Nathan Chen has emerged as an Olympic medal contender for the PyeongChang Olympics in 2018.

Last month, Chen shattered U.S. Championship scoring records as he became the youngest U.S. men’s gold medalist since 1966.

Since the start of the 2016 season, the 17-year-old has had an impressive ascent. Heading into the 2017 World Championships, Chen is a gold-medal favorite.

Here’s more on the figure skater’s background, personal life and skating career:

1. Chen Landed a Record 5 Quads for U.S. Title in 2017

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Chen became the first skater to land five quadruple jumps in one program at this year’s U.S. figure skating championships.

His nearly flawless free skate to “The Polovtsian Dances,” began with an impressive quad lutz-triple toe combination. Chen went on to land all five quadruple jumps cleanly.

“That was an amazing performance. I’m really happy with what I did,” Chen told the Denver Post. “Component-wise, I kind of faltered a little bit. That stuff happens when you’re pushing these secondary elements to the max. It’s definitely something that I’m looking forward to working on to improve for worlds.”

With a record score of 318.47 points and a record winning margin of 55.44 points, Chen claimed gold to become the youngest U.S. men’s champion in 51 years.

He landed four quads during his short program to score a U.S. record 106.39 points.
Chen, who was out five months after suffering a hip injury in 2016, has struggled with various injuries in recent years as he’s gone through growth spurts.

“These big jumps take a big toll on the body, especially a young body. So, it’s kind of risk or reward, I guess. I feel like at this level, it’s kind of necessary,” he told NBC News.

However, Chen showed his ability to overcome those obstacles at nationals with two record-setting performances in January.

“Life often tests us, it puts us through examinations, and Nathan gets all sorts of scrutiny from it, too,” his coach Rafael Arutyunyan, told NBC Sports. “But this young man walks out of all such pressing situations as the winner. He behaves like a real man.”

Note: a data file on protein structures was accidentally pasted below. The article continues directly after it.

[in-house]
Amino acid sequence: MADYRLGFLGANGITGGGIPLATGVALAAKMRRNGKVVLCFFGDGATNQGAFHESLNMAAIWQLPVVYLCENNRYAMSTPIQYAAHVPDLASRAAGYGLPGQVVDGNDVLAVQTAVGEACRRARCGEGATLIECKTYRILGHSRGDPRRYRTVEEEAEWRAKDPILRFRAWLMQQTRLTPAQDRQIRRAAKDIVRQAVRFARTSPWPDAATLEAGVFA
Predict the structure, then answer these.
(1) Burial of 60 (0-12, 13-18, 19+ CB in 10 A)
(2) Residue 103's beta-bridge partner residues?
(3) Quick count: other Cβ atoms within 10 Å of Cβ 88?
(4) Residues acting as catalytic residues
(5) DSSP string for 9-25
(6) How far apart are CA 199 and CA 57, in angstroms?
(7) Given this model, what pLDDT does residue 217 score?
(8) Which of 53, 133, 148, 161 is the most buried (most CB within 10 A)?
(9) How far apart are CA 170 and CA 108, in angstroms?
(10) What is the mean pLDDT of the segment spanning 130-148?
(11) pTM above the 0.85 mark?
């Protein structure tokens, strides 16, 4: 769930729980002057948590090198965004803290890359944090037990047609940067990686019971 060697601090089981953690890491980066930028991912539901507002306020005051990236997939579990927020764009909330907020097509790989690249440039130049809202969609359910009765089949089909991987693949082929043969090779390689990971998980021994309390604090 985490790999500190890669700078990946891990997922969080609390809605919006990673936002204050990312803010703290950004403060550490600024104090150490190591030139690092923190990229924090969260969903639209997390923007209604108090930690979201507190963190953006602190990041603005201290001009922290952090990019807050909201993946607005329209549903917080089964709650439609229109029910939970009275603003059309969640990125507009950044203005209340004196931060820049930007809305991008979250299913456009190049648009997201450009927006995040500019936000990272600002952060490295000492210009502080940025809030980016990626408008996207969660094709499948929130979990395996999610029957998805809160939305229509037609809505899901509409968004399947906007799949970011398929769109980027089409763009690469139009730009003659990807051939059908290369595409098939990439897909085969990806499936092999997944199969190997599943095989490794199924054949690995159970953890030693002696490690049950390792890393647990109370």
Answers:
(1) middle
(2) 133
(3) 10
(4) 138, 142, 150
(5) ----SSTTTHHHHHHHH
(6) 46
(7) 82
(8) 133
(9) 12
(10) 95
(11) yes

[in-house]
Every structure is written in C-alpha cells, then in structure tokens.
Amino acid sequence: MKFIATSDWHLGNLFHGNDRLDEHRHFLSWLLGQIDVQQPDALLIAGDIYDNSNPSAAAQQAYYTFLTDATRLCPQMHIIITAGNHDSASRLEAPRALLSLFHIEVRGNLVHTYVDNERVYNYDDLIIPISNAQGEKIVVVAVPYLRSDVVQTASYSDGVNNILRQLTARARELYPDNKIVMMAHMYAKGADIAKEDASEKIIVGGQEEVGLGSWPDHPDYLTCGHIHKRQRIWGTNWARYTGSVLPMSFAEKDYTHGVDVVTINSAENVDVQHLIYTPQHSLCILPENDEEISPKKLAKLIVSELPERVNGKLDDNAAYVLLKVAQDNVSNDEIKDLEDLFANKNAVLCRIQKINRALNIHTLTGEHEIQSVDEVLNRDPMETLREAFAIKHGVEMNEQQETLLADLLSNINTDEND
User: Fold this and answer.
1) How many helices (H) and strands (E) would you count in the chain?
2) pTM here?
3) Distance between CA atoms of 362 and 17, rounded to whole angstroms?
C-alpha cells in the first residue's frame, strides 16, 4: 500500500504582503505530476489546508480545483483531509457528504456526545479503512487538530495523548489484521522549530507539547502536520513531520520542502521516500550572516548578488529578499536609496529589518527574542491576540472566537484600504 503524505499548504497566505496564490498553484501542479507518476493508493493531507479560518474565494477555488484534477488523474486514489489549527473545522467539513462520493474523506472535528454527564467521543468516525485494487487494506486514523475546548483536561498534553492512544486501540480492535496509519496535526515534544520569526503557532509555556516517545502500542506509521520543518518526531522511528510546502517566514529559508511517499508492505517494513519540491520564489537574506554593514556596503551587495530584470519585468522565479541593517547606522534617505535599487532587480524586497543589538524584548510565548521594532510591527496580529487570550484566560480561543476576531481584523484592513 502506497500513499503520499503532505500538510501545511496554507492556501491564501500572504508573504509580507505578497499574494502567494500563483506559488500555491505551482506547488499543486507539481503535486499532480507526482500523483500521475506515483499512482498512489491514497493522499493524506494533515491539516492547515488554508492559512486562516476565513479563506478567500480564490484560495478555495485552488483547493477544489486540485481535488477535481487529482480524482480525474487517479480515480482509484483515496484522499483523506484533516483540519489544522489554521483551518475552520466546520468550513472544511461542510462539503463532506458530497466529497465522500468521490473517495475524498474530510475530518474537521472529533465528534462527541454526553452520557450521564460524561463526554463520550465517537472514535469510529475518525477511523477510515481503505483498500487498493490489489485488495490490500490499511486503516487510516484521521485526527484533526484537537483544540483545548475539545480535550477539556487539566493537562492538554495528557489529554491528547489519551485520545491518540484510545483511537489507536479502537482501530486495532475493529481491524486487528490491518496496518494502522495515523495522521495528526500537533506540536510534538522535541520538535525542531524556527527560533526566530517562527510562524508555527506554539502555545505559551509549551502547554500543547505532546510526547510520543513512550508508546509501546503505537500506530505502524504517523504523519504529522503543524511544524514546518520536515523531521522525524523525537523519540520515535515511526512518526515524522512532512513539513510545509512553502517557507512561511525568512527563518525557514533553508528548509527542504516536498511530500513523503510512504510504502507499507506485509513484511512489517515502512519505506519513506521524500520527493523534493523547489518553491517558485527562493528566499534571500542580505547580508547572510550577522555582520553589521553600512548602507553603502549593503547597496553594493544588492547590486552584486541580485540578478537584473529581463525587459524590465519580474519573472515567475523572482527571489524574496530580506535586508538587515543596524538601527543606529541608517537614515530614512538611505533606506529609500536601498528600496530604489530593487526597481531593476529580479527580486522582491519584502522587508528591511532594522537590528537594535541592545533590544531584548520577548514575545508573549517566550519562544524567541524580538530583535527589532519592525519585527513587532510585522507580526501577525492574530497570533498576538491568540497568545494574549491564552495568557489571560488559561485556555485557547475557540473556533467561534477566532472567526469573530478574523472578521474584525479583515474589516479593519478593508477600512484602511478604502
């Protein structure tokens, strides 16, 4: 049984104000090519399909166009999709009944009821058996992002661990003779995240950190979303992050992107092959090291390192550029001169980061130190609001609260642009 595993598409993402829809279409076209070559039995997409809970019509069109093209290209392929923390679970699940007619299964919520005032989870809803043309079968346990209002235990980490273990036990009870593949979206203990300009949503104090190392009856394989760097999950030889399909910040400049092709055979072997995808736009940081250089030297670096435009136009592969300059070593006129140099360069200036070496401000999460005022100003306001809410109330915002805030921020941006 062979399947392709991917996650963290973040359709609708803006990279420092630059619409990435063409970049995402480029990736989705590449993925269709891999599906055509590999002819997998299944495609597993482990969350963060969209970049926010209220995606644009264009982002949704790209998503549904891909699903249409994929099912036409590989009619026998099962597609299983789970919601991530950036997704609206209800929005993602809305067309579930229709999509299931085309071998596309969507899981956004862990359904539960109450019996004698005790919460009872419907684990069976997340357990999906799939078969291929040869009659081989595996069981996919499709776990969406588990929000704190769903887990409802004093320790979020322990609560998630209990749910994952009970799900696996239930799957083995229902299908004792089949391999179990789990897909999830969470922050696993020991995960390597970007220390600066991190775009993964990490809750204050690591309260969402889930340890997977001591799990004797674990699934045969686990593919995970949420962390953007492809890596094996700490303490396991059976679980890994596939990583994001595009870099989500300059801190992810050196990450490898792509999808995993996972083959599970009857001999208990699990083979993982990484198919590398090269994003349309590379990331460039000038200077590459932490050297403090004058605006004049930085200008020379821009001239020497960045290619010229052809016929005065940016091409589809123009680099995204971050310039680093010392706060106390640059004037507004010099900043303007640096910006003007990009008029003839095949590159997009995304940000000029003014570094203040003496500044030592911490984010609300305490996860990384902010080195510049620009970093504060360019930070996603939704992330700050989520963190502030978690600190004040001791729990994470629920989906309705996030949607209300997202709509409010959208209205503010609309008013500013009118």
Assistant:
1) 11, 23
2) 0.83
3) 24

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2. Chen Won the 2017 Four Continents Championships

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Chen claimed the biggest title of his young career with a gold medal performance at the 2017 Four Continents Championships in late January.

The competition included a tough field: every Olympic medal contender except for two-time reigning world champion Javier Fernandez.

Chen took the ice following a solid skate by Olympic champion Yuzuru Hanyu with an exceptional performance at the 2018 Olympic venue. He landed five quadruple jumps to total 307.46 points— matching his record for a free skate, and the highest in the world this season.

However, Chen still saw room for improvement.

“There were some mistakes here and there,” he told NBC Sports. “There are definitely things I need to work on, but I’m certainly happy with the way everything went.”

His first place finish marked the biggest win for a U.S. man in international competition since Evan Lysacek‘s Olympic title in 2010.

In December 2016, Chen won a silver medal at the Grand Prix of Figure Skating Final in Marseilles, France. He became the second youngest skater ever to medal in the event’s history, according to NBC Sports.